Eastern Europe, to be based right here in Budapest, which will bring together private and
government experts and organizations to address the ecological crisis. After all, our
shared heritage is the Earth. And the fate of the Earth transcends borders; it isn't just an
East-West issue. Hungary has led Eastern and central Europe in addressing the concerns
of your citizens for cleaner air and water. And now you can do even more, working with
the West to build a bridge of technical and scientific cooperation.

Along these lines, I am also pleased to announce that the United States has proposed an
agreement between our two countries to establish scientific and technical cooperation in
the basic sciences and in specific areas, including the environment, medicine, and nuclear
safety.

It is my hope that this visit will also lead to a wider exchange between East and West so
our scientists, our artists, and our environmentalists can learn from one another; so that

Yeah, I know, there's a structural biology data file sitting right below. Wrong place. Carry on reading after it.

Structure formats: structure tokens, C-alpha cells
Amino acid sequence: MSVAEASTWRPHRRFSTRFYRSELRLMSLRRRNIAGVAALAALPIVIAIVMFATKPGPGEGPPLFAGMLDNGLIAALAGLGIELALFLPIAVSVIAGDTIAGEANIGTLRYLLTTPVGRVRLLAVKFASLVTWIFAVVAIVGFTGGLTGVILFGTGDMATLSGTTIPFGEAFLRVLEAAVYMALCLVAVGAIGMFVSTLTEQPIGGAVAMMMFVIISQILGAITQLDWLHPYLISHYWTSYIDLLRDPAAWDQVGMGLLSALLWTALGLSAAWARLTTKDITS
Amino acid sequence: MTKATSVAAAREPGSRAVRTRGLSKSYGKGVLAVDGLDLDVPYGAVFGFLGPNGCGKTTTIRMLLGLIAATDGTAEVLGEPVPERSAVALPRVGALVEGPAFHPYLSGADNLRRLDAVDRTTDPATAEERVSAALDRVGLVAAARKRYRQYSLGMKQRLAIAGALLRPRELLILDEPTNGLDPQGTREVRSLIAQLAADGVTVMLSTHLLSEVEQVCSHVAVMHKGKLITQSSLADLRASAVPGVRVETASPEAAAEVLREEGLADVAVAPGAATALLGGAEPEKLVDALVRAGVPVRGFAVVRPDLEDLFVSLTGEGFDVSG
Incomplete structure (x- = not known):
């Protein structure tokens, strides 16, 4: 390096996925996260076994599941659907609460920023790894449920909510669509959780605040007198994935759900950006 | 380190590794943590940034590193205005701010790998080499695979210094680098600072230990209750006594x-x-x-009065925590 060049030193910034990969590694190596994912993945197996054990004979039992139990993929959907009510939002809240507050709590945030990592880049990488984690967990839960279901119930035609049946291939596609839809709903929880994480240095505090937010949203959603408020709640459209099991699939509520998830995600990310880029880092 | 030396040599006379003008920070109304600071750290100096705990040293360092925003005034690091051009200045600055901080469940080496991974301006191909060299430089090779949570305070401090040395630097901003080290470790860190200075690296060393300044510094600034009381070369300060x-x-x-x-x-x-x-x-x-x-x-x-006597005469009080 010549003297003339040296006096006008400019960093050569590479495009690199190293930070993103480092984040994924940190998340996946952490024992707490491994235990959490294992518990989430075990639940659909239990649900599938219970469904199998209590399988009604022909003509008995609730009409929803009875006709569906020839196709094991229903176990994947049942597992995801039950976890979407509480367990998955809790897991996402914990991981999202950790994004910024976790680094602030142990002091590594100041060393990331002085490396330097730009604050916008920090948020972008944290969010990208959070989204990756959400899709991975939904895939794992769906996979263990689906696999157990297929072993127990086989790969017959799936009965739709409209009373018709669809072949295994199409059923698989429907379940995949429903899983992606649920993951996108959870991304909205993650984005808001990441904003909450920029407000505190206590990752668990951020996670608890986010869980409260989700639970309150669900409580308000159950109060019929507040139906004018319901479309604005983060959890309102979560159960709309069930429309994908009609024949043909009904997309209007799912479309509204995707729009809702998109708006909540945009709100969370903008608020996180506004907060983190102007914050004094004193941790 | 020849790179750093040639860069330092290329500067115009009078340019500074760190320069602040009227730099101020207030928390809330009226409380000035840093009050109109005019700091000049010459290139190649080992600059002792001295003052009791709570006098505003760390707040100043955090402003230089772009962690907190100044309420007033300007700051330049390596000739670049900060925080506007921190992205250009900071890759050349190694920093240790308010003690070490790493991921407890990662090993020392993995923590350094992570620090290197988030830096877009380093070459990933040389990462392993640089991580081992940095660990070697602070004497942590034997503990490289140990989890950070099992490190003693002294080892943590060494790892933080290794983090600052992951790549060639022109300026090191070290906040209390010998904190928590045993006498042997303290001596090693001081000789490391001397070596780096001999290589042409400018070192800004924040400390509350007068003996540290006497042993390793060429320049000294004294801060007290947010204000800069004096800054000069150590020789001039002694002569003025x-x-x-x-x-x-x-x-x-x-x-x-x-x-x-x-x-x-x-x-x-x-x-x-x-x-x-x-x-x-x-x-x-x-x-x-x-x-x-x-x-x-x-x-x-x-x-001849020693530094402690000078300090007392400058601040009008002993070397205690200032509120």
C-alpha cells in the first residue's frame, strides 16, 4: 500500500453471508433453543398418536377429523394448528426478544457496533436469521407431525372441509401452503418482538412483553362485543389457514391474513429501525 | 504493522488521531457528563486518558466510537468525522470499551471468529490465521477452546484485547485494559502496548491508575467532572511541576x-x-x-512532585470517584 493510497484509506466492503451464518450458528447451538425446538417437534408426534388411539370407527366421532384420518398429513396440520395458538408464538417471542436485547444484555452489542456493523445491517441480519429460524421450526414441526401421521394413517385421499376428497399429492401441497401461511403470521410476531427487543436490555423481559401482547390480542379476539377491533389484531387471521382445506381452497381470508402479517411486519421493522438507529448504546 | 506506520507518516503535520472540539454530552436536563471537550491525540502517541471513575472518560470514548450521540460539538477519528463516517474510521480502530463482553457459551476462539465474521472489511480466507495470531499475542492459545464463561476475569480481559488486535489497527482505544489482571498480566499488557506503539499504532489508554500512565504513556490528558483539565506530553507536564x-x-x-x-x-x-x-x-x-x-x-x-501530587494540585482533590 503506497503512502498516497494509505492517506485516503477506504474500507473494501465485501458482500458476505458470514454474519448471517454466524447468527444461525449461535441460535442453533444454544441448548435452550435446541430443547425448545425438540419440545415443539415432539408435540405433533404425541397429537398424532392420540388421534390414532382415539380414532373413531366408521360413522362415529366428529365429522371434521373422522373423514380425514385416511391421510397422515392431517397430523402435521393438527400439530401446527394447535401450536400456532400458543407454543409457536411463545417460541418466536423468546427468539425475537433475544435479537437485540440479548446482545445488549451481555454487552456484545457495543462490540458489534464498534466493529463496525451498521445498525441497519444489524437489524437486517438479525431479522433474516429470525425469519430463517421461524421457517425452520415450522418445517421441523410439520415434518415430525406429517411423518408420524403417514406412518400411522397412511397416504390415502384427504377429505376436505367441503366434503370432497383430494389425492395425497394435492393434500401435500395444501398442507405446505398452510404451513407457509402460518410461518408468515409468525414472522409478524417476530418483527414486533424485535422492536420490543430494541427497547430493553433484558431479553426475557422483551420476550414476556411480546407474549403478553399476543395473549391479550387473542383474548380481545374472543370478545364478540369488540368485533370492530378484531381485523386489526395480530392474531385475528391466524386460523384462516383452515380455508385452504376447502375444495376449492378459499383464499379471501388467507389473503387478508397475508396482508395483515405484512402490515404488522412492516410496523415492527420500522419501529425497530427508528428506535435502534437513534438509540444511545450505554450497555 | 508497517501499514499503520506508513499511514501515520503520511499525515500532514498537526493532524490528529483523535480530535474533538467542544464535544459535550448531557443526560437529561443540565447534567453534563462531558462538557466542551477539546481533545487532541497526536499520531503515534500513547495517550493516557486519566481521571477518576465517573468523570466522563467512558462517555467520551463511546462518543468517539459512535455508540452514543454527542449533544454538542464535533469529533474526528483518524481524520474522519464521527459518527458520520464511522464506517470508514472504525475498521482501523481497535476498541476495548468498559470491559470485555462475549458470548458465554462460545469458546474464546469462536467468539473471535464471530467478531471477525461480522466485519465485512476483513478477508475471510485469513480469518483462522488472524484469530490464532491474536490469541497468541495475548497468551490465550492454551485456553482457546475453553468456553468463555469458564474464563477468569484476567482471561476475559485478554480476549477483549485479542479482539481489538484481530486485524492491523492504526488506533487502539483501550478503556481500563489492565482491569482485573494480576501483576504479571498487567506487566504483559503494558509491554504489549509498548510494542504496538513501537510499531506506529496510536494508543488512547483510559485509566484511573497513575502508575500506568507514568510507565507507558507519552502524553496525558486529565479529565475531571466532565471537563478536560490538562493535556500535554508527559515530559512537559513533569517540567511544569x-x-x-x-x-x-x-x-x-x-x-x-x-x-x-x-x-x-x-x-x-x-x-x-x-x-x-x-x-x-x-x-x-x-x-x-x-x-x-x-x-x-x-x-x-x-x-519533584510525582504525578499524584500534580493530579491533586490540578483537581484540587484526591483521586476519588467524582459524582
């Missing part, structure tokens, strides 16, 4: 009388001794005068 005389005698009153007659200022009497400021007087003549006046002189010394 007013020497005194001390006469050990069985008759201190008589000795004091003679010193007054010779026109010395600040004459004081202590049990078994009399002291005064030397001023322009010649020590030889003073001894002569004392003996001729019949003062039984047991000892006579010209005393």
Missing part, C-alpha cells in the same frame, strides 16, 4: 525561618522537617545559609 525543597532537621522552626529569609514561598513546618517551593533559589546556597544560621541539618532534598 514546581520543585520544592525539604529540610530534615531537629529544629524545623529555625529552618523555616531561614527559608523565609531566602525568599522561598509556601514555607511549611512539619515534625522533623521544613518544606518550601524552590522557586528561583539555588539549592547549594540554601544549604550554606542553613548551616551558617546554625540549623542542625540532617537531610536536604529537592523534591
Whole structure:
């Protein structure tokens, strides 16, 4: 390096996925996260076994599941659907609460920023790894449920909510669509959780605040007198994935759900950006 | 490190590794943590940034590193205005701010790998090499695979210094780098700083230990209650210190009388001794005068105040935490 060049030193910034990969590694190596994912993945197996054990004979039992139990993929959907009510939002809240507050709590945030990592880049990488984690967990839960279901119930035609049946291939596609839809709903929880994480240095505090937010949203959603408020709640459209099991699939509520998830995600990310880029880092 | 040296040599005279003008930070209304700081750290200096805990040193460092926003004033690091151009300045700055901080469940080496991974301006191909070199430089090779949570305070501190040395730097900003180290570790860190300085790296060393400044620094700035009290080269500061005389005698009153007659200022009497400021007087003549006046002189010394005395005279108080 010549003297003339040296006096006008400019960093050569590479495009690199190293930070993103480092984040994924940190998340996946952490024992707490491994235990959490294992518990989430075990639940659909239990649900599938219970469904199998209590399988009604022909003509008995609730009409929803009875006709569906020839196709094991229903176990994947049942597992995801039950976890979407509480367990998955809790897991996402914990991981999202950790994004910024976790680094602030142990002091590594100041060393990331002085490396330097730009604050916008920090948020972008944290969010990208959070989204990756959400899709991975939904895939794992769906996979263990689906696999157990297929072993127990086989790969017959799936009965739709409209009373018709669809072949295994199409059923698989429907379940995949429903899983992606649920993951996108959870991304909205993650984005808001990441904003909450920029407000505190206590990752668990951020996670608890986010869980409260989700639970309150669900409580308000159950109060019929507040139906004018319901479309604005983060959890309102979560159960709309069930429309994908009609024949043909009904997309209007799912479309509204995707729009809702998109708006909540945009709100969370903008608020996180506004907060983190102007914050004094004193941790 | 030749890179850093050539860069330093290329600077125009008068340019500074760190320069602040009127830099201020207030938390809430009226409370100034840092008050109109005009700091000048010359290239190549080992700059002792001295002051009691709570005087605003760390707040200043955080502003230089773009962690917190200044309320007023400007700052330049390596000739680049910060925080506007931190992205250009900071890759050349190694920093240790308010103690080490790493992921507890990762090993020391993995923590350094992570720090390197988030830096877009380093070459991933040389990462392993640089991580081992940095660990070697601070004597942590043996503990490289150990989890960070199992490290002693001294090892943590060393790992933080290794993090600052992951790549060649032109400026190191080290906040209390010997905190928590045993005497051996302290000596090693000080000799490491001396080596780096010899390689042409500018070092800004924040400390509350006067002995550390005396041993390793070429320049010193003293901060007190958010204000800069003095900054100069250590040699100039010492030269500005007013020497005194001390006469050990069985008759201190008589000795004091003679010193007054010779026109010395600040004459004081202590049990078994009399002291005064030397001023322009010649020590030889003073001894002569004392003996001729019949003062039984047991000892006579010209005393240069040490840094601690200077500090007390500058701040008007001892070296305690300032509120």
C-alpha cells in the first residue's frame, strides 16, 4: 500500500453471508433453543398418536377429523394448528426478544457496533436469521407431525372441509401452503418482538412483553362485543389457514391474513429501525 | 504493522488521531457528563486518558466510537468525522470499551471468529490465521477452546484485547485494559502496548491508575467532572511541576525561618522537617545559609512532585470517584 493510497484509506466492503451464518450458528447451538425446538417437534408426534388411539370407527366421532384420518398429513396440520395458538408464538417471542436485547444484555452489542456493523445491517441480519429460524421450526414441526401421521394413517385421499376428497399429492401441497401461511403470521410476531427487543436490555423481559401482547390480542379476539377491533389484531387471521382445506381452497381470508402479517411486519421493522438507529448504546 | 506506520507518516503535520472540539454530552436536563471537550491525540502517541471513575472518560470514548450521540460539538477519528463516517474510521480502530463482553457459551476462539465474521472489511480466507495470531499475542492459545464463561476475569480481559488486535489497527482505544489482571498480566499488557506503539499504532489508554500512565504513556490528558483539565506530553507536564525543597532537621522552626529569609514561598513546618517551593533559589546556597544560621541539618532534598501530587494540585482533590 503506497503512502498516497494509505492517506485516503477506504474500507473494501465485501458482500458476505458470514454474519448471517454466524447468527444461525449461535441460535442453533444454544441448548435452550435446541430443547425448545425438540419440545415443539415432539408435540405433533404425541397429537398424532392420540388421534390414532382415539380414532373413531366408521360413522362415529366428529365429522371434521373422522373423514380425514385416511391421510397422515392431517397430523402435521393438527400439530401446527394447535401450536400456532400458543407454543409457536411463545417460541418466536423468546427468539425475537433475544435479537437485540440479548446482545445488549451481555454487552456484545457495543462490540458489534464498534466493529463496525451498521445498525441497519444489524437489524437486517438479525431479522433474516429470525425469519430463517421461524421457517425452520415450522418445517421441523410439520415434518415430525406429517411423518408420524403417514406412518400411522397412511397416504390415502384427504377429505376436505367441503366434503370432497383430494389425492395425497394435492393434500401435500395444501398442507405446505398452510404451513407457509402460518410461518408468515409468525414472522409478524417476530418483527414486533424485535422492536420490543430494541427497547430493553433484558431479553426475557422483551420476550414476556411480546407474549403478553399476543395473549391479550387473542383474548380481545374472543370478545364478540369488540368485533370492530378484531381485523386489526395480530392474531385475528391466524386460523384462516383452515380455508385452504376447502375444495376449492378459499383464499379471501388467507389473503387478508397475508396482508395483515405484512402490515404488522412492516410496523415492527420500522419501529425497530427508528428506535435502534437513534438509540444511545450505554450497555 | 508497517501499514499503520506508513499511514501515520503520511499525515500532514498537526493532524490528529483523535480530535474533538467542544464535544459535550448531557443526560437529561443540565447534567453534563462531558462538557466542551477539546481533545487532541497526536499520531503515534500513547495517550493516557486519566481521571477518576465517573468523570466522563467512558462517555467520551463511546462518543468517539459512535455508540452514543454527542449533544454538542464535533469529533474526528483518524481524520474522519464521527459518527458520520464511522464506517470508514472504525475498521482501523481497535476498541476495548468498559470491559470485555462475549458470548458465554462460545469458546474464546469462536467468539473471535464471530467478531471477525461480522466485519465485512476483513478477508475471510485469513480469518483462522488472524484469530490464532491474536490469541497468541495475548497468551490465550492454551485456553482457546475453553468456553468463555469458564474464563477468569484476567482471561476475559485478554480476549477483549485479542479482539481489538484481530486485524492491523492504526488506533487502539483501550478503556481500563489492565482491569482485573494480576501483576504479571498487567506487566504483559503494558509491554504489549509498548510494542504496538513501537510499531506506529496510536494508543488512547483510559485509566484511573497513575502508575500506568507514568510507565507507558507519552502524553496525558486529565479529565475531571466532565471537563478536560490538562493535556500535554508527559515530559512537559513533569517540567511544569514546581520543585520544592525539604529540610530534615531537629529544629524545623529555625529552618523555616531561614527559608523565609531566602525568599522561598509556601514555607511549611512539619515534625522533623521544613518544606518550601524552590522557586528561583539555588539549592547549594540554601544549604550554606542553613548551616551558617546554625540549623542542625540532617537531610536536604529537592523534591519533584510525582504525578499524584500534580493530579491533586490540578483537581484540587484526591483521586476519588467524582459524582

our soldiers and statesmen can discuss peace; and our students -- God bless them -- can
discuss the future.

But to discuss anything requires a common language. The teaching of the English
language is one of the most popular American exports. And as students, you know that
English is the lingua franca of world business, the key to clinching deals from Hong
Kong to Toronto. So, to open the global market to more Hungarians, I am pleased to
announce that the Peace Corps will, for the first time, operate in a European country. And
our Peace Corps instructors will come to Budapest and all 19 counties to teach English.